Heart Attack and Atherosclerosis Prevention (cont.)
Daniel Lee Kulick, MD, FACC, FSCAI
Dr. Kulick received his undergraduate and medical degrees from the University of Southern California, School of Medicine. He performed his residency in internal medicine at the Harbor-University of California Los Angeles Medical Center and a fellowship in the section of cardiology at the Los Angeles County-University of Southern California Medical Center. He is board certified in Internal Medicine and Cardiology.
Dennis Lee, MD
Dr. Lee was born in Shanghai, China, and received his college and medical training in the United States. He is fluent in English and three Chinese dialects. He graduated with chemistry departmental honors from Harvey Mudd College. He was appointed president of AOA society at UCLA School of Medicine. He underwent internal medicine residency and gastroenterology fellowship training at Cedars Sinai Medical Center.
William C. Shiel Jr., MD, FACP, FACR
Dr. Shiel received a Bachelor of Science degree with honors from the University of Notre Dame. There he was involved in research in radiation biology and received the Huisking Scholarship. After graduating from St. Louis University School of Medicine, he completed his Internal Medicine residency and Rheumatology fellowship at the University of California, Irvine. He is board-certified in Internal Medicine and Rheumatology.
In this Article
- What is atherosclerosis?
- What are coronary heart diseases (CHD)?
- What is angina pectoris?
- What is a heart attack?
- Ventricular fibrillation
- Heart failure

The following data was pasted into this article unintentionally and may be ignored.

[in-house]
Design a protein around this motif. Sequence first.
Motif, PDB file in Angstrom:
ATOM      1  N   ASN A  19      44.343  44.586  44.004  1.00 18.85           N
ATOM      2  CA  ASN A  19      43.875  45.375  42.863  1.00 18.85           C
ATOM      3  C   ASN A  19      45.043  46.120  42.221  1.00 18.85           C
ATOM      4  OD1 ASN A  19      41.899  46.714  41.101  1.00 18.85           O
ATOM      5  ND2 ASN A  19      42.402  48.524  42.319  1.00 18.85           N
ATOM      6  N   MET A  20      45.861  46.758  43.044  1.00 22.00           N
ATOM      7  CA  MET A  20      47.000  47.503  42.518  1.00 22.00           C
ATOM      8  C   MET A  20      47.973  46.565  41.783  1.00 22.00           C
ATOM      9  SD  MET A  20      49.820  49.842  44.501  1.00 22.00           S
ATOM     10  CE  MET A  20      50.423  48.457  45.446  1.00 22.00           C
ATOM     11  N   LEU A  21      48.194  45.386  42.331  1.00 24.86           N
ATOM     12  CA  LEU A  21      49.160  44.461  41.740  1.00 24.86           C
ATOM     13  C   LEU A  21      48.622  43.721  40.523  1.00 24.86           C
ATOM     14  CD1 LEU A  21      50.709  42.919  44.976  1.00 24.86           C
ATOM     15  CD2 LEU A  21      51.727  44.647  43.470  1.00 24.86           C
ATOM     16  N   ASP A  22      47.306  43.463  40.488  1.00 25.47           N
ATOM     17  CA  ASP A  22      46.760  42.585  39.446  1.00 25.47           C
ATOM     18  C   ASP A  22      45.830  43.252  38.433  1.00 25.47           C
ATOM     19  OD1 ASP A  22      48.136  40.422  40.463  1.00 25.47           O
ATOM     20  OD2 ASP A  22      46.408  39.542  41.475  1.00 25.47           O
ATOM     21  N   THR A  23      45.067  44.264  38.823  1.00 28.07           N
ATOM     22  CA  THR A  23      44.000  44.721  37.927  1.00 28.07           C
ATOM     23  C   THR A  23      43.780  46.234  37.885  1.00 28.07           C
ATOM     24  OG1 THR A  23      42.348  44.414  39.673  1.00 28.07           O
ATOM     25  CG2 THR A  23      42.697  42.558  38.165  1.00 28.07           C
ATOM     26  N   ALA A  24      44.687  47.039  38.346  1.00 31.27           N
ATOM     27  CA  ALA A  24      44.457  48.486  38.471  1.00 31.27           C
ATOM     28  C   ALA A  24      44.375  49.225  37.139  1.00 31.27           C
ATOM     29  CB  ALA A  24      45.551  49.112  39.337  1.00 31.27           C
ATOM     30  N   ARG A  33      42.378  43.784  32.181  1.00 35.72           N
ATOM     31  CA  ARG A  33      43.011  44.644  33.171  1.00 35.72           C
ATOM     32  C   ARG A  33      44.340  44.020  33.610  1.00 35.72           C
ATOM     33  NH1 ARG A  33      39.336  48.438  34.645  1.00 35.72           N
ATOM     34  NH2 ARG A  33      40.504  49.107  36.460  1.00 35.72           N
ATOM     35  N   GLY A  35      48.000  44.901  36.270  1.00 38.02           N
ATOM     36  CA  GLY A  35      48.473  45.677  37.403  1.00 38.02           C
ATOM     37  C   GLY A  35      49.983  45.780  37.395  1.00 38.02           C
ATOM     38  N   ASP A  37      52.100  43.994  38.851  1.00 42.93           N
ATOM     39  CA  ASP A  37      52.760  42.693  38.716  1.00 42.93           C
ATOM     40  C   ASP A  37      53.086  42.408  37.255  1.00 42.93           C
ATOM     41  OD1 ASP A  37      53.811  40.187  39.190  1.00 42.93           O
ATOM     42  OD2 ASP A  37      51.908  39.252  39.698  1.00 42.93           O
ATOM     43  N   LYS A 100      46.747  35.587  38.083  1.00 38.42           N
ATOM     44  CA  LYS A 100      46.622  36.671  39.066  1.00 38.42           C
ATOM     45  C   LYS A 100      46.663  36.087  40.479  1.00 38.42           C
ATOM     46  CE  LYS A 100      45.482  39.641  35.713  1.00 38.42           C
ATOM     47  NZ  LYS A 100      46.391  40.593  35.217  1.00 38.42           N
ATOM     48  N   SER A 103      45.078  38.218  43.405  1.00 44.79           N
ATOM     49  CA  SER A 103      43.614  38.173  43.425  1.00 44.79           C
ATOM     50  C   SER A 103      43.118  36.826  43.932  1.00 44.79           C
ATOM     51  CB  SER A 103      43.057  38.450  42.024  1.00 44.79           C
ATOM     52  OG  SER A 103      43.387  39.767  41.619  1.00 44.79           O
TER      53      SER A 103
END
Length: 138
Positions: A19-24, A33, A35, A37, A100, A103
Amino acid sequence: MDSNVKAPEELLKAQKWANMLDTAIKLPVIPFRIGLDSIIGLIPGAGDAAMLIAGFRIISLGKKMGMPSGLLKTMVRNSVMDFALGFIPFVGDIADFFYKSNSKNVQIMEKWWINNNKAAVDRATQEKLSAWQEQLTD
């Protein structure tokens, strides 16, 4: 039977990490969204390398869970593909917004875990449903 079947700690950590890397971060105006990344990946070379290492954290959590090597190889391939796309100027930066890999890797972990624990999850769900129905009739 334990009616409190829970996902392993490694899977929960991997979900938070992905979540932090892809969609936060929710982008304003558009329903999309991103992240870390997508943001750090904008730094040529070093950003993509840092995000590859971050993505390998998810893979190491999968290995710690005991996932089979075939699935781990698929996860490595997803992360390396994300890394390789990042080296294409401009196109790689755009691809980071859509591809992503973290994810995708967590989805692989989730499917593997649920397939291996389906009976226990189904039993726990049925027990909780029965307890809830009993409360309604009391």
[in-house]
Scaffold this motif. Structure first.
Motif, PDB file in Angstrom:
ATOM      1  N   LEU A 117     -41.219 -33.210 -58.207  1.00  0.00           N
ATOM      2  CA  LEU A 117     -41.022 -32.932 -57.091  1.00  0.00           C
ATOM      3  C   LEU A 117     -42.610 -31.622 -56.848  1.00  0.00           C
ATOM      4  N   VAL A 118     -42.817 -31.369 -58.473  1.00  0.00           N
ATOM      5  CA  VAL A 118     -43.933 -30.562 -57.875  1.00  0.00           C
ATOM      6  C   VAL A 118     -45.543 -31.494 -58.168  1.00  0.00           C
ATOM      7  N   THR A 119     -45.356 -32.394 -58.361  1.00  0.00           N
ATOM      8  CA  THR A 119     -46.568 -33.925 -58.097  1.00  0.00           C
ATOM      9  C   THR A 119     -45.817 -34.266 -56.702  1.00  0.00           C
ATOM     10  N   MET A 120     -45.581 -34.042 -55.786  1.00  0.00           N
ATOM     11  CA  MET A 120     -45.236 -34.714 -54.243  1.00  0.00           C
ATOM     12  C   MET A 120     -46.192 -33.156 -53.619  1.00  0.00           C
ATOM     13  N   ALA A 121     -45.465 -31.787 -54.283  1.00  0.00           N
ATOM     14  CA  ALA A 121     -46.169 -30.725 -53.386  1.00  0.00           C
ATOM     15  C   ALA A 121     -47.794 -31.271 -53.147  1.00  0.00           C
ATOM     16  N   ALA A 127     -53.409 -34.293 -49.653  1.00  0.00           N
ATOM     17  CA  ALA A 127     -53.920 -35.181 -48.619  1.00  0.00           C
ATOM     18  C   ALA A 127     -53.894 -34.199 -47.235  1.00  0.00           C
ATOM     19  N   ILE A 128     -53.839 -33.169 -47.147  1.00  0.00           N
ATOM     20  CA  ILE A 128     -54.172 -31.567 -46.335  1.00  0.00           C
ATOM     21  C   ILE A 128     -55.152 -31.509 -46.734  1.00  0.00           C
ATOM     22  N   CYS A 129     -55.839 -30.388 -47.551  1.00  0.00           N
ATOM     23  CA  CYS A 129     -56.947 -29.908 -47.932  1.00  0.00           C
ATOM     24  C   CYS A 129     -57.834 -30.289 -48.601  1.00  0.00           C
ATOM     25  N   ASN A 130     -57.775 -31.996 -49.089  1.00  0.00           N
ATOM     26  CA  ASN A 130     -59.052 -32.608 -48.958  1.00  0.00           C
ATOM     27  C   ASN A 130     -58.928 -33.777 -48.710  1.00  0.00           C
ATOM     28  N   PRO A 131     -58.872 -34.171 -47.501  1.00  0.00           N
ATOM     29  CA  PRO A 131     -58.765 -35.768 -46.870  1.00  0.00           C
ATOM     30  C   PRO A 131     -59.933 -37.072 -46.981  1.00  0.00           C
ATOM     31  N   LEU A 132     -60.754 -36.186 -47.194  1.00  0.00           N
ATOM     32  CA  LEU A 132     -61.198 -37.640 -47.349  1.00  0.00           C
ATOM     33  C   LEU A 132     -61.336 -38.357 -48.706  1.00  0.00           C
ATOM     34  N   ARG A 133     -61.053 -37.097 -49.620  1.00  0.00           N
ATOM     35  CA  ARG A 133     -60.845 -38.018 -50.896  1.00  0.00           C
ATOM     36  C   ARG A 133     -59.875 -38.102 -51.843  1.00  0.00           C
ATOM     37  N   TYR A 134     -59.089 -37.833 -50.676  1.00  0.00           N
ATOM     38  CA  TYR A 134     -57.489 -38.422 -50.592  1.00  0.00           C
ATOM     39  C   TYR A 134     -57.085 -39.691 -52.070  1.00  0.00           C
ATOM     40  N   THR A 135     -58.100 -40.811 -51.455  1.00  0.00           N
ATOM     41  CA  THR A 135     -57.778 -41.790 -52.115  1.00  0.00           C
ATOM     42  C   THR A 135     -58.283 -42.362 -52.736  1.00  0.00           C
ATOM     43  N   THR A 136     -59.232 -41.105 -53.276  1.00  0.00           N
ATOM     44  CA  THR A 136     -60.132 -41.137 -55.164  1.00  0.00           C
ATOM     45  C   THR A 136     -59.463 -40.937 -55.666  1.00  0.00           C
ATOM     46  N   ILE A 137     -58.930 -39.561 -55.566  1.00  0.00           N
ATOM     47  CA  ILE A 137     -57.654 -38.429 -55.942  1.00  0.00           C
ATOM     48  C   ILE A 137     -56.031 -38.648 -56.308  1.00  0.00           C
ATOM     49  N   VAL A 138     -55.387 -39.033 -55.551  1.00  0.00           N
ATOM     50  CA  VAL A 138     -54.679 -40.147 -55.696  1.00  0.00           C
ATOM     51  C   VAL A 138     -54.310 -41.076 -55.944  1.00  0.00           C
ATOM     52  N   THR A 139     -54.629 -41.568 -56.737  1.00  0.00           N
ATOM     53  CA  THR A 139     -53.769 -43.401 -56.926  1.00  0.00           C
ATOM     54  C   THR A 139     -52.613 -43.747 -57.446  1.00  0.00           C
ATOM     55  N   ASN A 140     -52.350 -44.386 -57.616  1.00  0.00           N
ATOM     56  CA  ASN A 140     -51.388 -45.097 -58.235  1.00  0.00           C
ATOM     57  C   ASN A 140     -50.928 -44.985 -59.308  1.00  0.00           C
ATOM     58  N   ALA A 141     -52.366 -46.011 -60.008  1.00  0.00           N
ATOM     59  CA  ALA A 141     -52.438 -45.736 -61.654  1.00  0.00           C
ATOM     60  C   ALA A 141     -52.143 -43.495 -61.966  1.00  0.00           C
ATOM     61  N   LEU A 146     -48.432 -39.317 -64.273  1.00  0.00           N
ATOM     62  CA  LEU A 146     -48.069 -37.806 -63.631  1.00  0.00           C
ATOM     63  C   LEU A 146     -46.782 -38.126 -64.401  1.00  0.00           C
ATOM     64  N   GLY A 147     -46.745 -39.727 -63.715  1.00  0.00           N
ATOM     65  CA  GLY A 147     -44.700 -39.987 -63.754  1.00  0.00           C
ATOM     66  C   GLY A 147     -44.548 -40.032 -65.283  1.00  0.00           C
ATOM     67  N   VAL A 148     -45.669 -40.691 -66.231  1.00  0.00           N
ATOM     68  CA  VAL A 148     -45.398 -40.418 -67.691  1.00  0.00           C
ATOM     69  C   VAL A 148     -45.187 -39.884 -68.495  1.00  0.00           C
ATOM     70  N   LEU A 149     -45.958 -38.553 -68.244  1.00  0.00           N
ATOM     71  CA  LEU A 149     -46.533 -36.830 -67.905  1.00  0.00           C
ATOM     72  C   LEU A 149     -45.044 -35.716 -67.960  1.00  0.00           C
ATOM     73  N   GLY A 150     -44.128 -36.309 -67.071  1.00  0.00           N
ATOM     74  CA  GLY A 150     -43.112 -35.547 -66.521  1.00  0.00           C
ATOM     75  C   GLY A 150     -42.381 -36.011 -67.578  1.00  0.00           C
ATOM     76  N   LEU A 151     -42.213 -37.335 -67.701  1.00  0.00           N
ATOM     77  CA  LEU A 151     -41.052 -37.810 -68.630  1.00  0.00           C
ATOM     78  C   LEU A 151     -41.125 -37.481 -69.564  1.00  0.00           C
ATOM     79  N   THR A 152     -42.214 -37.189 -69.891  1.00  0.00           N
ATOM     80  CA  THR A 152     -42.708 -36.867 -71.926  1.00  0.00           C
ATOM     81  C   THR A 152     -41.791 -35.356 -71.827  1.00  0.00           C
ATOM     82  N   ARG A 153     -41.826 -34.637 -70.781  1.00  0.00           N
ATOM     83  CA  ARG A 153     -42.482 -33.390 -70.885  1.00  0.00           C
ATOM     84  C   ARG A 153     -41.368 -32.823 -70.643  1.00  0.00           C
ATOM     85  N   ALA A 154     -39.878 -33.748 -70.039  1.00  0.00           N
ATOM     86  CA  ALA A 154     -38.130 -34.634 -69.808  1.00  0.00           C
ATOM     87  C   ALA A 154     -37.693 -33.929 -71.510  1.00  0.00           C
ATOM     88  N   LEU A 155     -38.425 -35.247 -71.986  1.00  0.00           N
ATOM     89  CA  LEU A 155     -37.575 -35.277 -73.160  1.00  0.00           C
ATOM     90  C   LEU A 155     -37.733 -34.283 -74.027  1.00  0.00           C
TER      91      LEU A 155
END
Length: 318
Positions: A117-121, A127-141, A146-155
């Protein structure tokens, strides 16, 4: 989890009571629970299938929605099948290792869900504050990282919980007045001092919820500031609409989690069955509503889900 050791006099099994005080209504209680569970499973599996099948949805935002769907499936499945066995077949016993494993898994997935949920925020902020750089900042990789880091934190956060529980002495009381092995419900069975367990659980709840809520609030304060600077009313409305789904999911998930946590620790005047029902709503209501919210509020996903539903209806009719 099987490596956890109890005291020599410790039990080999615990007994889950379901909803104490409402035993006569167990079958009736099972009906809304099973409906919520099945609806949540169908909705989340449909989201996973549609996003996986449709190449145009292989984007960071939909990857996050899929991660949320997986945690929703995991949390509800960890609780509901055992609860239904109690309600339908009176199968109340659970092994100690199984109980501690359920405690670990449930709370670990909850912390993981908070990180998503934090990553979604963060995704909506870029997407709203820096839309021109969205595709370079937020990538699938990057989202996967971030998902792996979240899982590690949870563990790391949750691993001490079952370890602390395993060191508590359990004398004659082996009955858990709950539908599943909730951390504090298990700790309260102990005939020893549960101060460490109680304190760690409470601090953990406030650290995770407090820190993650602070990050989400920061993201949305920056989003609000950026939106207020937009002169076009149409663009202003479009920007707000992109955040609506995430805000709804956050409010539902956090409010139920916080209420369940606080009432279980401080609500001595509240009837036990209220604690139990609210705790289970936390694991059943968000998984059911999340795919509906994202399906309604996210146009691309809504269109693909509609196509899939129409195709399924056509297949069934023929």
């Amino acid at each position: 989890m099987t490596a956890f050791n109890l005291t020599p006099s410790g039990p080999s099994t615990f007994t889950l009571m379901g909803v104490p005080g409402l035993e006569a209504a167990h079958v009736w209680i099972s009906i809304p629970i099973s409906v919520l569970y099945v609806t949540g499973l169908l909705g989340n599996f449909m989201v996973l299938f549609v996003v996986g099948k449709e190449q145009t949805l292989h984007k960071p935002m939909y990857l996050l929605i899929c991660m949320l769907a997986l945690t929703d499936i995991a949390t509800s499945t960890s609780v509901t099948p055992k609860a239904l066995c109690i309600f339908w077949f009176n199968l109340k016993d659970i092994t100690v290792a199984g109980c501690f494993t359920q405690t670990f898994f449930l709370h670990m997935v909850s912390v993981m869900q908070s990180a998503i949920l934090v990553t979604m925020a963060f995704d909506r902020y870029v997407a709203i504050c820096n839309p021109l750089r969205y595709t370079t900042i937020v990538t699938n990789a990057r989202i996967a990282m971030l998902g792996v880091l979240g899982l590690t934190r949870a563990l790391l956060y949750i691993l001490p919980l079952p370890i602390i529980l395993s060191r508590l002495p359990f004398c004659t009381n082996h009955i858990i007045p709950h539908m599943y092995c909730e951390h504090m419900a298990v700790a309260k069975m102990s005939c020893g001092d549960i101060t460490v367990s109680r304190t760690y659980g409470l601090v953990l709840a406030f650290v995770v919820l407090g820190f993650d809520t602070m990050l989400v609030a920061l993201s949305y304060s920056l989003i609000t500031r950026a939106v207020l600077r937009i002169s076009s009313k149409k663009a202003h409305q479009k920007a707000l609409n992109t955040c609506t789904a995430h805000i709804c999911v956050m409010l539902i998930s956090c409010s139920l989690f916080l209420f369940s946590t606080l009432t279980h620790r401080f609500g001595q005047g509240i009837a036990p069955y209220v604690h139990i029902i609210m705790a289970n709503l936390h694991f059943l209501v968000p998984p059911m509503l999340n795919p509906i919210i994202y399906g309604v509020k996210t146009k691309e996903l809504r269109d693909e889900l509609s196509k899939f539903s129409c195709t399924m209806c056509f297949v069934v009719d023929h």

- What is cerebral vascular disease?
- Ischemic stroke
- Hemorrhagic stroke
- Transient ischemic attack (TIA)
- When does the coronary atherosclerosis process begin?
- Have most people done enough to prevent atherosclerosis and heart attacks?
- What are the risk factors for coronary atherosclerosis and heart disease?
- How can coronary atherosclerosis and heart attacks be prevented?
- Find a local Cardiologist in your town
A heart attack can trigger the sudden onset of ventricular fibrillation. Ventricular fibrillation is a chaotic electrical rhythm of the heart that causes cardiac arrest (the heart stands still and ceases to pump blood). Ventricular fibrillation causes permanent brain damage and death unless a normal heartbeat can be restored within five minutes of its onset. Of the one million Americans who suffer heart attacks annually, an estimated 325,000 Americans die from sudden cardiac arrest, including ventricular fibrillation, each year before the victims can reach any medical assistance. For these people, the first sign of coronary heart disease is sudden, unexpected death.
Unlike angina, a heart attack results in permanent damage of the heart muscle. After a heart attack, the damaged portion of the heart is left with a scar. If the amount of heart muscle damage and the area of scarring are small, the performance of the heart as a pump will not be significantly impaired. However, repeated heart attacks or a heart attack with extensive heart muscle damage, can weaken the heart and cause heart failure. People with heart failure experience shortness of breath, tolerate exercise poorly, and lack vigor because their weakened heart muscle cannot pump enough blood to keep their bodies healthy and active.
What is cerebral vascular disease?
Cerebral vascular disease is caused by the reduced supply of blood to the brain. Examples of cerebral vascular disease include ischemic strokes, hemorrhagic strokes, and transient ischemic attacks and are discussed below.
Next: Ischemic stroke
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